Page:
Tesla announced late last week that all its cars will now come with its semi-autonomous driving technology, called Autopilot, as a standard option. Another way to look at it is that you can’t buy a Tesla without some self-driving features, even if it would cost less. Tesla is at the same time pushing hard toward fully self-driving cars. It will hold an autonomy investor day Aprill 22 to tell shareholders how it plans to get there.
But other companies are pulling back. Ford said last week that driverless tech is taking longer than expected, and when self-driving cars do appear it will be in limited locations. Uber, in its IPO filing last week, also said there would be “a long period of hybrid autonomy” where limited self-driving cars exist alongside a fleet of human drivers.
Host Molly Wood talked with Jack Stewart, Marketplace’s transportation reporter. He said next week is about Tesla staking its claim as the self-driving leader. The following is an edited transcript of their conversation.
Jack Stewart: Tesla is obviously keen to make a good impression and help keep that image that they like to have of being a company at the forefront of things. Nowadays a lot of other companies are working on autonomous tech too, so Tesla, which once had this great reputation as being a real leader here, is trying to regain that. I think they’re going to give us more detail about how they’re going to roll out the autonomous tech. At the moment they’re doing it bit by bit. They’re taking this approach of sending software updates to the cars and then giving them a little bit more ability.
Molly Wood: You say though that Tesla’s had this reputation as being a leader in this field, but it has not been without controversy. From referring to these capabilities as “autopilot” to some pretty high profile accidents, I would imagine there’s going to be some damage control here, too, right?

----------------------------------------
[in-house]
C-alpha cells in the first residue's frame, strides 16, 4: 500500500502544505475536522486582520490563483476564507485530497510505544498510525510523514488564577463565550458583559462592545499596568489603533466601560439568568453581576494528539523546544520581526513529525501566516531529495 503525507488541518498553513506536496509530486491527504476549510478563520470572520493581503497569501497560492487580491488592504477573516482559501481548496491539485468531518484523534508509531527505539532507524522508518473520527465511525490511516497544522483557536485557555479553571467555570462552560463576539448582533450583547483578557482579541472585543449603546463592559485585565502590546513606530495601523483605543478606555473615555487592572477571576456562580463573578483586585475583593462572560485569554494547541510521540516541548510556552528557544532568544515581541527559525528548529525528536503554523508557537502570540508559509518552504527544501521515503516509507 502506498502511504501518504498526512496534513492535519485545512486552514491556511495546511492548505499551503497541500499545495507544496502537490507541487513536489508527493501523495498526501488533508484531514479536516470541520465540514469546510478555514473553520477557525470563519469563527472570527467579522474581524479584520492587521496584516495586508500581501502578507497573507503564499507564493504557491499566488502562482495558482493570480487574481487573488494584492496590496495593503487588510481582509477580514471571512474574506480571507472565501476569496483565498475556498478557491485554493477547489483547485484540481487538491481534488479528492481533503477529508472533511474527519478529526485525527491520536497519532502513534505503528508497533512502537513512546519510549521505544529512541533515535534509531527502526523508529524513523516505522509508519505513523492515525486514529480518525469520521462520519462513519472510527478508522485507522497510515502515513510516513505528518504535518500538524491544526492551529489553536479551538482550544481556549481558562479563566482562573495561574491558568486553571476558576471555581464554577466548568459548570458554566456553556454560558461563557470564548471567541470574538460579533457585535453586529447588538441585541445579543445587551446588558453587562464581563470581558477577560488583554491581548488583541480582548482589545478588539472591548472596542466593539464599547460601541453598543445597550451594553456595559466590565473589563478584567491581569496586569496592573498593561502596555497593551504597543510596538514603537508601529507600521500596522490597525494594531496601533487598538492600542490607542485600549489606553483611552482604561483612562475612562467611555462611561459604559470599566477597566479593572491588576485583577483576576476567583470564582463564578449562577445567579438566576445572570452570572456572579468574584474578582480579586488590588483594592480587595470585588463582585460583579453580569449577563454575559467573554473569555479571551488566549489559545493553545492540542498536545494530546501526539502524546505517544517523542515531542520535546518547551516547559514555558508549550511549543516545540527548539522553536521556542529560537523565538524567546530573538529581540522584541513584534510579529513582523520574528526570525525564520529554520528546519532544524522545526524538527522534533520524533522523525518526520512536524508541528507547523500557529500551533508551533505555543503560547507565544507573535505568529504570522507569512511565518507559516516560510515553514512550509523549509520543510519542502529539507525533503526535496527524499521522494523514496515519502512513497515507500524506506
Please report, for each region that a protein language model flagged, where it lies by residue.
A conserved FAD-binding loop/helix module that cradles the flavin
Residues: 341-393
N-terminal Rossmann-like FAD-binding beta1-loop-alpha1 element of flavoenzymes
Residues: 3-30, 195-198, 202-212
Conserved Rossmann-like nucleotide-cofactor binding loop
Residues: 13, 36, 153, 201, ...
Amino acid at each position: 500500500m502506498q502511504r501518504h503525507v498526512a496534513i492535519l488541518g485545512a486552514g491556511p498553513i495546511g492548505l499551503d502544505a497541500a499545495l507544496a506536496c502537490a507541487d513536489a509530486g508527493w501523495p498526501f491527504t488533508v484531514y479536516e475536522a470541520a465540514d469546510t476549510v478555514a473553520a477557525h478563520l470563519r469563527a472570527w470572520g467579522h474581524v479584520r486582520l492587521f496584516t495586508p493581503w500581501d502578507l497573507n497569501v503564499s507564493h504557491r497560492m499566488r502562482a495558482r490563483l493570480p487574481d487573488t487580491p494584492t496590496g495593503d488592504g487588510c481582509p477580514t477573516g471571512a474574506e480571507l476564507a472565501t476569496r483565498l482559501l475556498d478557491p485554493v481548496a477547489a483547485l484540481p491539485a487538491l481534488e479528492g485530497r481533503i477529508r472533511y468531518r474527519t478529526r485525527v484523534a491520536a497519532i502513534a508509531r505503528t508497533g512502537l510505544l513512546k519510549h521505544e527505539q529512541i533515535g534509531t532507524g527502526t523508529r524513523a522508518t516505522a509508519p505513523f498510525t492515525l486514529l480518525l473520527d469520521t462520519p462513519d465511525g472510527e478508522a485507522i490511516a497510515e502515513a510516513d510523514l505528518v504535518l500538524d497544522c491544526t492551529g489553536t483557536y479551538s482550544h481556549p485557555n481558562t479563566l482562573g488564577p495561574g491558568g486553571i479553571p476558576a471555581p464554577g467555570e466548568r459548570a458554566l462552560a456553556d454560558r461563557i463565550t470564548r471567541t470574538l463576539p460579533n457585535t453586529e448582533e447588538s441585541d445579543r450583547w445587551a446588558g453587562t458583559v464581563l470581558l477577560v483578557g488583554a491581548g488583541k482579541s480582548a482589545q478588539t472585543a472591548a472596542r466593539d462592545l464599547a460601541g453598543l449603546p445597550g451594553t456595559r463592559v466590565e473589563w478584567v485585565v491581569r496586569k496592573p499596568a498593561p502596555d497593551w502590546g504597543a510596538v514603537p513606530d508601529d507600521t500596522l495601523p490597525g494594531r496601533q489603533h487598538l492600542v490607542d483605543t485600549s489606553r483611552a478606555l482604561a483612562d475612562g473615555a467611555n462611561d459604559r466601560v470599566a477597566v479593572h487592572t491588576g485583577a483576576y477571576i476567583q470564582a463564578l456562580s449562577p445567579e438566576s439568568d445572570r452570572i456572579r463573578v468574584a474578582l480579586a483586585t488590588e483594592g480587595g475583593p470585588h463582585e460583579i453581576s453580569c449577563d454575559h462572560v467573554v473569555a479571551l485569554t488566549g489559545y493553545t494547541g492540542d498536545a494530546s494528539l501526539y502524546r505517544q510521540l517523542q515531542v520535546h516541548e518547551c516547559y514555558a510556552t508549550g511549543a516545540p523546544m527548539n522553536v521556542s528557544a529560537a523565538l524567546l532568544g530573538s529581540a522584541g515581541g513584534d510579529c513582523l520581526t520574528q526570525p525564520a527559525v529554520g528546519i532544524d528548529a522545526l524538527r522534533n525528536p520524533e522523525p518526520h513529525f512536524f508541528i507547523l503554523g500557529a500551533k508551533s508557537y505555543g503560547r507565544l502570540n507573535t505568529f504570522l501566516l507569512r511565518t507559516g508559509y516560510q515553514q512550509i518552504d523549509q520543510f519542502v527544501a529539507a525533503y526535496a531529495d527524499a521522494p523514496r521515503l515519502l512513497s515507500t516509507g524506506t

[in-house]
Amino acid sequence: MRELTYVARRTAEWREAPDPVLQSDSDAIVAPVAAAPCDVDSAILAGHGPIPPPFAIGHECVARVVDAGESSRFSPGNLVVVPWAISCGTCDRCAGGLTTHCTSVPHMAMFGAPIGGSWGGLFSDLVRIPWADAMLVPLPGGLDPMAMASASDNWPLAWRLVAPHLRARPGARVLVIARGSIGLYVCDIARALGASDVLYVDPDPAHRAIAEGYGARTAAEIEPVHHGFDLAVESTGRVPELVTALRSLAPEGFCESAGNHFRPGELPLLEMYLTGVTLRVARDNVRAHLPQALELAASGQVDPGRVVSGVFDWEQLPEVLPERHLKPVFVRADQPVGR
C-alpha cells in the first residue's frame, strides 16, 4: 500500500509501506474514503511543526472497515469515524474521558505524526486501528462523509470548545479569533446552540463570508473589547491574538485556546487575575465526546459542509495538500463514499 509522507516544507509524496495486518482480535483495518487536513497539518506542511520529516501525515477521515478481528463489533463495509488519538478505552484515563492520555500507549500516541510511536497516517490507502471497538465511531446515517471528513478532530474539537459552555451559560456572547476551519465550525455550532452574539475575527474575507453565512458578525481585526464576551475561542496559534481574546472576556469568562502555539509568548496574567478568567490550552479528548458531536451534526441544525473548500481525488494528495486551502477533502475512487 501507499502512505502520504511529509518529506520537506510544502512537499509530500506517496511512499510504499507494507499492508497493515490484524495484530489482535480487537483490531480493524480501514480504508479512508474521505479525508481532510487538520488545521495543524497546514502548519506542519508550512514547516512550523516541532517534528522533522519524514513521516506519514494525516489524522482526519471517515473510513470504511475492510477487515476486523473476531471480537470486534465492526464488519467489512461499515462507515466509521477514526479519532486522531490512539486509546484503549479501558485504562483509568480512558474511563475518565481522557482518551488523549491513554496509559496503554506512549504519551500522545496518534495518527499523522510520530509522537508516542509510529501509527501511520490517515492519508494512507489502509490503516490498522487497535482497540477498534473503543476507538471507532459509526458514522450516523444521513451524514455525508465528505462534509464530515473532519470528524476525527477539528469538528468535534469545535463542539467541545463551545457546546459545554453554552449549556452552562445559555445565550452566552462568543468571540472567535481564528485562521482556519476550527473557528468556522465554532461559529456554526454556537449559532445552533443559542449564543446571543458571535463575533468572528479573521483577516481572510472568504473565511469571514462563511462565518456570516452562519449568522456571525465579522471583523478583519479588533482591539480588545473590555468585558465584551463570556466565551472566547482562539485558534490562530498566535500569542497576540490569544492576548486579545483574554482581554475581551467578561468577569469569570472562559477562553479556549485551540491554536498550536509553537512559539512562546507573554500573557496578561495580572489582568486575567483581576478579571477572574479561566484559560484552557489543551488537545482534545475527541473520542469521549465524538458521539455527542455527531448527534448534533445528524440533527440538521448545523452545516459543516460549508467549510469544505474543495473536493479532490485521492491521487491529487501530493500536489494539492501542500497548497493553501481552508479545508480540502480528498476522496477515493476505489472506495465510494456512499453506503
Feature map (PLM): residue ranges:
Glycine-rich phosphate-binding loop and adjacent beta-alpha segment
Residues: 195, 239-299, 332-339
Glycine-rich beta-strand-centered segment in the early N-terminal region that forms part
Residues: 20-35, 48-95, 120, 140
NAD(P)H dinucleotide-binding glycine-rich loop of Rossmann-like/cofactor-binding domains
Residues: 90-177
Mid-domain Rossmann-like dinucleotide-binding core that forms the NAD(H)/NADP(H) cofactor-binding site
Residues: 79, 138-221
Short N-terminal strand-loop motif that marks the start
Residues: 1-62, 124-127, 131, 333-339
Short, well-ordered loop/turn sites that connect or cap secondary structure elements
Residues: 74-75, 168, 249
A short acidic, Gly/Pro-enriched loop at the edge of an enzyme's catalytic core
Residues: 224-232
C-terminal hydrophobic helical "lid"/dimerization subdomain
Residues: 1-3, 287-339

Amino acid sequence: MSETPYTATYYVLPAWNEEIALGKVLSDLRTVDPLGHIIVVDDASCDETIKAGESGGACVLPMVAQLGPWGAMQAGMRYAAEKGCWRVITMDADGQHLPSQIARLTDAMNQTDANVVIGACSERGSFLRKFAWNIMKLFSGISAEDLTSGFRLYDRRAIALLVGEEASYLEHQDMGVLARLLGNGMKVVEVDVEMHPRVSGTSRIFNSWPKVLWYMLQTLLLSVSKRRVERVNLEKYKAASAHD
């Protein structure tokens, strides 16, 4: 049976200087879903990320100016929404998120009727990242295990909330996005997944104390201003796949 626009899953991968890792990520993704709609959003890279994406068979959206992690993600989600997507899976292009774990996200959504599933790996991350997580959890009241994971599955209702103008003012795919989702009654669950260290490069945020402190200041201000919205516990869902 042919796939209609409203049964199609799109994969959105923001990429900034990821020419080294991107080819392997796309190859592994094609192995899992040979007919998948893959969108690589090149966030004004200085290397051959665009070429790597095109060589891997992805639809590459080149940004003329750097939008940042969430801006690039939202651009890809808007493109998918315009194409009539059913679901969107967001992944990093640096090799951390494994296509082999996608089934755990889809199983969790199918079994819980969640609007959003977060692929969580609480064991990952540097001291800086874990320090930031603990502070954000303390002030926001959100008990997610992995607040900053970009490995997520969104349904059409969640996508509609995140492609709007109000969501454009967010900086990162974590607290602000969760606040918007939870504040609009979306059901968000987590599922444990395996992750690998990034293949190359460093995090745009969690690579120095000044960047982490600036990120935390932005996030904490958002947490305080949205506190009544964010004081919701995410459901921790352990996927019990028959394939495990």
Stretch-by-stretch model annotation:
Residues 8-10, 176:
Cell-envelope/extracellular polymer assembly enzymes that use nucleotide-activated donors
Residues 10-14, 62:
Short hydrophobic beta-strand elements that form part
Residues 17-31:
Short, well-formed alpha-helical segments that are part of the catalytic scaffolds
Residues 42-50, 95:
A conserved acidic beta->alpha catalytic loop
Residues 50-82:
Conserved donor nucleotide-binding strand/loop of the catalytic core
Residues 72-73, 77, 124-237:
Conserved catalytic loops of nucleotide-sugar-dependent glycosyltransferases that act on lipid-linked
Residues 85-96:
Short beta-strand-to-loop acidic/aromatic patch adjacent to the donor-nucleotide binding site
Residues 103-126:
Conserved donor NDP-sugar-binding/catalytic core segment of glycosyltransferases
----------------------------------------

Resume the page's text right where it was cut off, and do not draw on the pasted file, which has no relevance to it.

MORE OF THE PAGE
Stewart: Yeah, absolutely. I’ve actually been driving recently a Tesla with its very latest version. They call it “Navigate on Autopilot,” which basically allows the car to make its own decisions about things like lane changes. So you get on the freeway, you put on autopilot and then the car will decide when it wants to put on the signal. It will move into the next lane and then turn the signal off. It will do this according to speed, it will do this to stay on your route and it will do this to take exits.
Wood: Critics call this the mushy middle of automation, and there are people who really consider this a very dangerous time. Is Tesla putting the industry at risk by pushing the envelope so quickly when it comes to semi-autonomous features?
Stewart: That was always the concern and the criticism that was leveled at them in the early days. People were very worried about the first fatality, that it would then turn people against this technology. That doesn’t seem to have really happened so far. Then we have that other good example of the Uber self-driving car in Arizona that crashed into and killed a pedestrian pushing a bike. That did put Uber’s self driving program back a fair amount, but they are back on the roads again now. It seems that the public at large is willing to accept a little bit of risk. But I think we’re still a long way from computers being better right now.
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A little more on how far Tesla is starting to drift from the rest of the industry: When Tesla announced its autonomy investor day in a blog post, the company said it’s made significant progress toward self-driving features and will be able to use remote software updates to upgrade your semi-autonomous Tesla to a fully self-driving car.
In February of this year, CEO Elon Musk said that a self-driving Tesla should be able to “find you in a parking lot, pick you up and take you all the way to your destination without an intervention” this year. That caused some auto industry analysts to call the statements reckless. The CEO of the retailer AutoNation said he thought Musk’s promises about self-driving capabilities were almost unethical. We’ll see what everyone says after investor day.
And a Reuters-Ipsos poll from earlier this month found that half of American adults don’t trust self-driving cars and two-thirds wouldn’t pay more for self-driving features.
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